Advanced Computing in the Age of AI | Monday, October 3, 2022

What Do Madagascar Penguins and HPC Have in Common? 

The Council on Competitiveness and DreamWorks team up to spread the word by bird.

If you want to explain the many uses of high performance computing (HPC) to your less computer literate friends, you might try enlisting the help of a penguin.

Not just any penguin will do. What you need is a small band of cute but edgy penguins from DreamWorks Animation, stars of the wildly popular kid's program, The Penguins of Madagascar, airing on Nickelodeon.

Skipper, Kowalski, Private and Rico have been enlisted by the Council on Competitiveness in a video designed to spread the word that HPC is an essential technology, impacting every aspect of our lives and economy in ways that are almost beyond imagining.

As the video's rather earnest announcer intones early on, "From sophisticated weapons systems to homeland security, to basic research across the sciences, high performance computing takes us to the frontiers of knowledge."

But in the next sentence, the Council's point of view comes through loud and clear: "HPC also enables groundbreaking innovation that creates high wage jobs and keeps America competitive in the 21st Century."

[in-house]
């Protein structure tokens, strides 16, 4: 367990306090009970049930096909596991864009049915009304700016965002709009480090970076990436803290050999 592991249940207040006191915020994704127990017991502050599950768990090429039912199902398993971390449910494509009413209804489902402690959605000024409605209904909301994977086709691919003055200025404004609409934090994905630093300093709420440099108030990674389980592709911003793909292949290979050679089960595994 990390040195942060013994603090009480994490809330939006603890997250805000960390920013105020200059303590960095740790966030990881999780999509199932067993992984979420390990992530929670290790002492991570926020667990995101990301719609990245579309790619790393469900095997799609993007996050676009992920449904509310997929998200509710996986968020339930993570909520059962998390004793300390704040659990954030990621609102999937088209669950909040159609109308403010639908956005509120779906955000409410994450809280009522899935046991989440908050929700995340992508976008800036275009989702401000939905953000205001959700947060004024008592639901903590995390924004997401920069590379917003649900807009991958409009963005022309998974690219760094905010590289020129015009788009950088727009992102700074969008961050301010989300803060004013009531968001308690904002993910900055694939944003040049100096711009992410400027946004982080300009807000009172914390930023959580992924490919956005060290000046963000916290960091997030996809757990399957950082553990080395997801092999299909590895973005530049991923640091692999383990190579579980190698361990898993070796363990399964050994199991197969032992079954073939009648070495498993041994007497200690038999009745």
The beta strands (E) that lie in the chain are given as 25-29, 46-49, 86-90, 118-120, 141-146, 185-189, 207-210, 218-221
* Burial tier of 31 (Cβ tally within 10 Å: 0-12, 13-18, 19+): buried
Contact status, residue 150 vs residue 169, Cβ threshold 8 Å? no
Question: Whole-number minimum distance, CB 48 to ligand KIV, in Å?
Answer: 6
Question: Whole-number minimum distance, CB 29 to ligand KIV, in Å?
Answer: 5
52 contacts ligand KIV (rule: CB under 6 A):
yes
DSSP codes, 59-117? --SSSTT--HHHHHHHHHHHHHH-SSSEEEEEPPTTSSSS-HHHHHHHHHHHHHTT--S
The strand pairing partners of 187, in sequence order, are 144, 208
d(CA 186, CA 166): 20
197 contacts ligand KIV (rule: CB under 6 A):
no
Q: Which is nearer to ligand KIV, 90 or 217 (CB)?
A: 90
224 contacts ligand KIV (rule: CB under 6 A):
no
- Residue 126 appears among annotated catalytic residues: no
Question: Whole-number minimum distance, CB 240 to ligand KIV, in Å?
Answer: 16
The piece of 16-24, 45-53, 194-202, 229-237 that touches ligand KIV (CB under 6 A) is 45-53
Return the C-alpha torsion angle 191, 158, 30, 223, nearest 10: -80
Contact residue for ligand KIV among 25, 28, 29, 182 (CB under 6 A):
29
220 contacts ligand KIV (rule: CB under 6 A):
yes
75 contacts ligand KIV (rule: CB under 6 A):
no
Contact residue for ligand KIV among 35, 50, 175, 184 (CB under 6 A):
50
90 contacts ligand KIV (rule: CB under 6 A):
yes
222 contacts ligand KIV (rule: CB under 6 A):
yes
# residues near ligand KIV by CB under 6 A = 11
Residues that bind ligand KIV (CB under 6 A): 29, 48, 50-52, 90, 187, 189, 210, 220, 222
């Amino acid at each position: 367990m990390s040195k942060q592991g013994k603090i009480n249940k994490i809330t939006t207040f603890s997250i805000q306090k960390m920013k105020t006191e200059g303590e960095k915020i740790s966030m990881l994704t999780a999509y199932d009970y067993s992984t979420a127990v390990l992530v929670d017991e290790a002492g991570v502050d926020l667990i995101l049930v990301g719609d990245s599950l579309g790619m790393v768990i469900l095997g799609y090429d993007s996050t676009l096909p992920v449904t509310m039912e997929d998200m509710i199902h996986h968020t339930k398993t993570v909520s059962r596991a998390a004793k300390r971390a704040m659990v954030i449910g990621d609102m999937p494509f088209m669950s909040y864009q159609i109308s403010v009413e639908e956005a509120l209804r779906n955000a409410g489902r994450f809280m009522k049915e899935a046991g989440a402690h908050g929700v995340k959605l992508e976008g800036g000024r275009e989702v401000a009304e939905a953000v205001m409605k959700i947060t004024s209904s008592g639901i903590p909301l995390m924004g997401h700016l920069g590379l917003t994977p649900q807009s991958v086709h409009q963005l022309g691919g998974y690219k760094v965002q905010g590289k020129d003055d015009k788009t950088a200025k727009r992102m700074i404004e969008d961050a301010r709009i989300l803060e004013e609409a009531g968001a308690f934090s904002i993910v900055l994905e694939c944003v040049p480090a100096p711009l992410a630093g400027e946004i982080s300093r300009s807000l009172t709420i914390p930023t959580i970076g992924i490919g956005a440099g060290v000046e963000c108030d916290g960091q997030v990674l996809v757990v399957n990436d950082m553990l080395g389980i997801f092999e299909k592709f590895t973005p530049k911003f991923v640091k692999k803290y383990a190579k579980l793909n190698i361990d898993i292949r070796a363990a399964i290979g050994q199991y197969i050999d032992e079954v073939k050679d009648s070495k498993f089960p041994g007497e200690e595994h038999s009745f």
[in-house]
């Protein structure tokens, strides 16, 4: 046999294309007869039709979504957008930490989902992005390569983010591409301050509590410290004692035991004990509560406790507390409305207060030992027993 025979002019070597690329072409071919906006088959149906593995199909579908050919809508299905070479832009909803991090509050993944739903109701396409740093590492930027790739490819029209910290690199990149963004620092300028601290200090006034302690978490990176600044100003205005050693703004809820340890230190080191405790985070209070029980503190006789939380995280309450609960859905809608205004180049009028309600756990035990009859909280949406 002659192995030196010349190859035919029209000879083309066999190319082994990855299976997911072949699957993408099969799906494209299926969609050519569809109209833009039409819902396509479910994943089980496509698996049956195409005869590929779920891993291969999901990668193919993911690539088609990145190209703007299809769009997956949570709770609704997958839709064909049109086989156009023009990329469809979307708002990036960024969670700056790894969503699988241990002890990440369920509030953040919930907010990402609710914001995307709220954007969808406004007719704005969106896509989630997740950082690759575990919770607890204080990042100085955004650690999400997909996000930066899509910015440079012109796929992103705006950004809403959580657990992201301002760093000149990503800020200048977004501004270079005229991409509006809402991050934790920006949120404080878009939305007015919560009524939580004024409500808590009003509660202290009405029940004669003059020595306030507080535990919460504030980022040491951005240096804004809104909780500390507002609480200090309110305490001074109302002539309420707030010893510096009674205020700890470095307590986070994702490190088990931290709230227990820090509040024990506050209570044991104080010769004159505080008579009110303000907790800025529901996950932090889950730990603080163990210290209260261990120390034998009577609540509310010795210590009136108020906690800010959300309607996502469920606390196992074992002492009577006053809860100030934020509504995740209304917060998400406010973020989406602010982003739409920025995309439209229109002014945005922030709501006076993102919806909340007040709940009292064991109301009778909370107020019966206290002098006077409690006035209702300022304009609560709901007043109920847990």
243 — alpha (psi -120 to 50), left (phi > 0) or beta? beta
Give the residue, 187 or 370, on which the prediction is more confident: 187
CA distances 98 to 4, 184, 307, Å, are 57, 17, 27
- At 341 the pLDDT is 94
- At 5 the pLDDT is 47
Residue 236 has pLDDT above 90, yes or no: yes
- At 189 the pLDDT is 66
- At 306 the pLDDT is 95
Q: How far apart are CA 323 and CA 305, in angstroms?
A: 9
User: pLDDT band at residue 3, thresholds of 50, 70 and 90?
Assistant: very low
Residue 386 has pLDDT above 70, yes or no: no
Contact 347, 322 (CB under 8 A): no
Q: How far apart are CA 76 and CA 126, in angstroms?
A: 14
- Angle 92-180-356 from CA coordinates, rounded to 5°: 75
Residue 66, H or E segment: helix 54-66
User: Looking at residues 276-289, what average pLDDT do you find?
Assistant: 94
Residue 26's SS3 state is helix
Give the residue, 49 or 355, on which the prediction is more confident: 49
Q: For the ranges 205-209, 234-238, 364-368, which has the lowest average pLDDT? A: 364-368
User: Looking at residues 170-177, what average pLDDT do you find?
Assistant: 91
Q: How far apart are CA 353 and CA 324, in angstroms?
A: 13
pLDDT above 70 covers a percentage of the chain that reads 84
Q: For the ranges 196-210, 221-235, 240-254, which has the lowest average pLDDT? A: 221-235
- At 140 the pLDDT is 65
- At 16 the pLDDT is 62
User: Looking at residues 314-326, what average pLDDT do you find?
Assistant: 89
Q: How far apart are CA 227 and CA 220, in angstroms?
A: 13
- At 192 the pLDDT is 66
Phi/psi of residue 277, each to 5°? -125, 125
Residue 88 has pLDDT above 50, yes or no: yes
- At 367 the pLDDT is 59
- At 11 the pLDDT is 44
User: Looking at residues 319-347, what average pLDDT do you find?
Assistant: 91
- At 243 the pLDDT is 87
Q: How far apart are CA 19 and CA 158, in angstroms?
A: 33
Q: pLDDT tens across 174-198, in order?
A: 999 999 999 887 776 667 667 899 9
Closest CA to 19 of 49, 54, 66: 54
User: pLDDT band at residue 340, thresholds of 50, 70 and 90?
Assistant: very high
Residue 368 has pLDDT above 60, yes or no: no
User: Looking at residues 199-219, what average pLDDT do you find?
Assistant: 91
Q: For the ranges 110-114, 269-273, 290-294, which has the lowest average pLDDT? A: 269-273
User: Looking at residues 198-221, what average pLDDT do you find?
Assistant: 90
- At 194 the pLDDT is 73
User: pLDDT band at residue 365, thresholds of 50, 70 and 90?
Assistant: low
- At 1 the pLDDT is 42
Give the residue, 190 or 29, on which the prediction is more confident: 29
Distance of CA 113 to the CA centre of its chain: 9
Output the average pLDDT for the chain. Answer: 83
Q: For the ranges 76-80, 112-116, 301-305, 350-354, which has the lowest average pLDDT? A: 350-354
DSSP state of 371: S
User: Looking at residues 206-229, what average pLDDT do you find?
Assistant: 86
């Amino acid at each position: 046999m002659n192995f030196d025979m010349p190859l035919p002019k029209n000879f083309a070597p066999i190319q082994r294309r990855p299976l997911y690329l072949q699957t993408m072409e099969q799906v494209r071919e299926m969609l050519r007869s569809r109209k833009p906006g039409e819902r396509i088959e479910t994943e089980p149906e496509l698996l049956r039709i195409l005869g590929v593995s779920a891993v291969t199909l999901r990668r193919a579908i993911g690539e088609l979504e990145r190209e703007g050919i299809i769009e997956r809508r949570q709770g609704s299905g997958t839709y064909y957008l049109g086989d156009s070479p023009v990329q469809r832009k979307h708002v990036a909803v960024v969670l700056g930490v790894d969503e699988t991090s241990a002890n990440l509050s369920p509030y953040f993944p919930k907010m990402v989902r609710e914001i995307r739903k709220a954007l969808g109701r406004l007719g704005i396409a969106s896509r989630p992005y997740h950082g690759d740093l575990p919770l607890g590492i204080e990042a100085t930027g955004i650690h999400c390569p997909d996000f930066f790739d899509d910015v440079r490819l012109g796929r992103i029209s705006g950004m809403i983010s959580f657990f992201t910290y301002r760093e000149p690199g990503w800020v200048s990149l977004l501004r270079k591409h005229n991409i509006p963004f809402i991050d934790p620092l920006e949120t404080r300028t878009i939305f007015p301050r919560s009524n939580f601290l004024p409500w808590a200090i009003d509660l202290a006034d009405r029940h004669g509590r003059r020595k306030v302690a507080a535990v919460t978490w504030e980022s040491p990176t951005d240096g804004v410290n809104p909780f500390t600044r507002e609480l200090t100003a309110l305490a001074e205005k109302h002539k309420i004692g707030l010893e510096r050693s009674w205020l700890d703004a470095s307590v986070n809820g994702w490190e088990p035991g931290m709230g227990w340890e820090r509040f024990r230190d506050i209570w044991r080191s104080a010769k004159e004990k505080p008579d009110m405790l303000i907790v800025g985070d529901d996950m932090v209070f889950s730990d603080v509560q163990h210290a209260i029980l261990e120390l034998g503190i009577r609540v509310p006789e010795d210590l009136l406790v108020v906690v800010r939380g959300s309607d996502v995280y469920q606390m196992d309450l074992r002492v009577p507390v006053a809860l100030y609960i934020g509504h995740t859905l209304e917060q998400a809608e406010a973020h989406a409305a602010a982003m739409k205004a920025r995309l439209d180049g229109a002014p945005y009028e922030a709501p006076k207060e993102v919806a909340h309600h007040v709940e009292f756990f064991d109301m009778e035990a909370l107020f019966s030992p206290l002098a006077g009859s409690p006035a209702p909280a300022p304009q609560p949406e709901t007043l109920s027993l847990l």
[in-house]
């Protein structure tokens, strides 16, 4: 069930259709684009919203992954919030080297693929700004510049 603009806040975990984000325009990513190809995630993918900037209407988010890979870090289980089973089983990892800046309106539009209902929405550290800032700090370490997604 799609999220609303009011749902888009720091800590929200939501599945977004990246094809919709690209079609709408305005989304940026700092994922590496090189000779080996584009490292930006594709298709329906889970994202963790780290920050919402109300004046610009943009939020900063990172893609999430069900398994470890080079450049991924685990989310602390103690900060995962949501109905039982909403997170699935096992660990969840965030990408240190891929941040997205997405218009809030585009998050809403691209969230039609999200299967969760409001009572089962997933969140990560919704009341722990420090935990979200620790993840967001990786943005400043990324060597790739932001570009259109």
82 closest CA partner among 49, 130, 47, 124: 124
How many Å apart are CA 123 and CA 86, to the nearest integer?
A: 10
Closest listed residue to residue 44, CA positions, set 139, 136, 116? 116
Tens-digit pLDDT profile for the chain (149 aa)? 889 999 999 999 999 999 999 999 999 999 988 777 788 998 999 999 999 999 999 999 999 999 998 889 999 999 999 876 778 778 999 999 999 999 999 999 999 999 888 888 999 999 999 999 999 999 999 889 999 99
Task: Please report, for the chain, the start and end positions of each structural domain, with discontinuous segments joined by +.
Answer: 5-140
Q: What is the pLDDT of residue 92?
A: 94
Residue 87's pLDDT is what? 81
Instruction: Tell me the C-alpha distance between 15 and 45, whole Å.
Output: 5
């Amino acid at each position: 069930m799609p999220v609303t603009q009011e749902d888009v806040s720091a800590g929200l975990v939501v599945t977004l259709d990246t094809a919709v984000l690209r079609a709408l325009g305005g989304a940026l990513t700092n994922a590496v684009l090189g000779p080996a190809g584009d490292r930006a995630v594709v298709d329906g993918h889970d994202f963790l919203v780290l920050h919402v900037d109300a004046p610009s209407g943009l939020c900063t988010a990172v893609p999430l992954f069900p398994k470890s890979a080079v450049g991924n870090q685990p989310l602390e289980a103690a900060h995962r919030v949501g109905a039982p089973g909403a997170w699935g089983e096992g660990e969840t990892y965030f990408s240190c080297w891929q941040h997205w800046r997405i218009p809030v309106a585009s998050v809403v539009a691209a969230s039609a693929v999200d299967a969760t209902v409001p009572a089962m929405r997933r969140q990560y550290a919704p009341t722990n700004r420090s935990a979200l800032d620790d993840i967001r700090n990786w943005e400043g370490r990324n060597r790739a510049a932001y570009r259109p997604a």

As you might expect, given DreamWorks' involvement, the video is rich in animation — penguins dancing up and down on keyboards and giving each other high fives. But the Council has also supplied a treasure trove of images depicting simulations that range from charting the course of a hurricane and peering inside the brain of a patient afflicted with Alzheimer's to those famous Pringles potato chips that were aerodynamically redesigned using HPC to stop flying off the manufacturing line.

Kung Fu PandaNaturally DreamWorks' use of HPC for their animated films is well represented. The company is no stranger to HPC. Not only do they have their own high-powered rendering HPC clusters, but they have also used a grant of time on that most super of supercomputers, Jaguar at Oak Ridge National Labs, to perfect their rendering software. The results of that effort figured heavily in the production of the computer-generated film, Kung Fu Panda.

The video is short, only a little over eight minutes, and well worth looking at with its trippy animation and wealth of graphics. And given the current economy and the job situation, it's a little bit of entertaining propaganda that you might want to share with your friends, family and local congressional representative.

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